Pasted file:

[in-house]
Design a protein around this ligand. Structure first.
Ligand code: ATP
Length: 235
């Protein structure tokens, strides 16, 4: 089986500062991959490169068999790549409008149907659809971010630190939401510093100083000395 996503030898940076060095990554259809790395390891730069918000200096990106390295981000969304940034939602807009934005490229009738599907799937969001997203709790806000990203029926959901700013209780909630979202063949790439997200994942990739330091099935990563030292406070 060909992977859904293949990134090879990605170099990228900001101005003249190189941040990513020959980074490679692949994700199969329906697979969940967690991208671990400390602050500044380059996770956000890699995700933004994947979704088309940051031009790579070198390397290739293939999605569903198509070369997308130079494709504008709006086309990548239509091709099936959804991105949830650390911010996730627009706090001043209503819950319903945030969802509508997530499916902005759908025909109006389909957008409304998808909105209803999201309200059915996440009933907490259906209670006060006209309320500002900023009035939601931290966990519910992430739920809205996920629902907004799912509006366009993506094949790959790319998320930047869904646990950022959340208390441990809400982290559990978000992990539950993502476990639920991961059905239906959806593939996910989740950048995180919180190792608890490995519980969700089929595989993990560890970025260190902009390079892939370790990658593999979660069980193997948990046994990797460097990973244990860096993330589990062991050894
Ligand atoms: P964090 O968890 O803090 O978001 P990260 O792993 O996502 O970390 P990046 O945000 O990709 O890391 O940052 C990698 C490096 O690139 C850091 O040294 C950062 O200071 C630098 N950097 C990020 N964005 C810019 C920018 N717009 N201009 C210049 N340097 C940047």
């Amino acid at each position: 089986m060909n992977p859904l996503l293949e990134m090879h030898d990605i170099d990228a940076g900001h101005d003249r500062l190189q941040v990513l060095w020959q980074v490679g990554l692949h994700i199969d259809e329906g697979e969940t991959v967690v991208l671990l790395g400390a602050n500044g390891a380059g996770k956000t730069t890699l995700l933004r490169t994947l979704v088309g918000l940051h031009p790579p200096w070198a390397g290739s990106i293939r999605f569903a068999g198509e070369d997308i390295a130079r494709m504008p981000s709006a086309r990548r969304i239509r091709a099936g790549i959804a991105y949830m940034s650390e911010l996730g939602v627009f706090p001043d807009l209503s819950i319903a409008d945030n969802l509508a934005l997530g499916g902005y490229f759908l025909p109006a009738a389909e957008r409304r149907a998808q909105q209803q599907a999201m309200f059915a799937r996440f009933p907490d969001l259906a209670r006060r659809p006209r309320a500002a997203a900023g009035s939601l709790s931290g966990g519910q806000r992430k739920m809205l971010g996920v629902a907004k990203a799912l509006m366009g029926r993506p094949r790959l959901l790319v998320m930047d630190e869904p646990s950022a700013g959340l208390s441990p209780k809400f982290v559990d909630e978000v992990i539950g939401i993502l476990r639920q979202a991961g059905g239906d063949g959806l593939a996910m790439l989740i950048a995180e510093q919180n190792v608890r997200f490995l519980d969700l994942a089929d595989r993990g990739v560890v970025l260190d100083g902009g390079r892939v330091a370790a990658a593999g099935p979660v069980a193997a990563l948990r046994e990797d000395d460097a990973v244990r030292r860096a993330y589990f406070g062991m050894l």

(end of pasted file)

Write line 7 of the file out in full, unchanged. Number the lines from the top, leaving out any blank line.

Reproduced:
């Amino acid at each position: 089986m060909n992977p859904l996503l293949e990134m090879h030898d990605i170099d990228a940076g900001h101005d003249r500062l190189q941040v990513l060095w020959q980074v490679g990554l692949h994700i199969d259809e329906g697979e969940t991959v967690v991208l671990l790395g400390a602050n500044g390891a380059g996770k956000t730069t890699l995700l933004r490169t994947l979704v088309g918000l940051h031009p790579p200096w070198a390397g290739s990106i293939r999605f569903a068999g198509e070369d997308i390295a130079r494709m504008p981000s709006a086309r990548r969304i239509r091709a099936g790549i959804a991105y949830m940034s650390e911010l996730g939602v627009f706090p001043d807009l209503s819950i319903a409008d945030n969802l509508a934005l997530g499916g902005y490229f759908l025909p109006a009738a389909e957008r409304r149907a998808q909105q209803q599907a999201m309200f059915a799937r996440f009933p907490d969001l259906a209670r006060r659809p006209r309320a500002a997203a900023g009035s939601l709790s931290g966990g519910q806000r992430k739920m809205l971010g996920v629902a907004k990203a799912l509006m366009g029926r993506p094949r790959l959901l790319v998320m930047d630190e869904p646990s950022a700013g959340l208390s441990p209780k809400f982290v559990d909630e978000v992990i539950g939401i993502l476990r639920q979202a991961g059905g239906d063949g959806l593939a996910m790439l989740i950048a995180e510093q919180n190792v608890r997200f490995l519980d969700l994942a089929d595989r993990g990739v560890v970025l260190d100083g902009g390079r892939v330091a370790a990658a593999g099935p979660v069980a193997a990563l948990r046994e990797d000395d460097a990973v244990r030292r860096a993330y589990f406070g062991m050894l």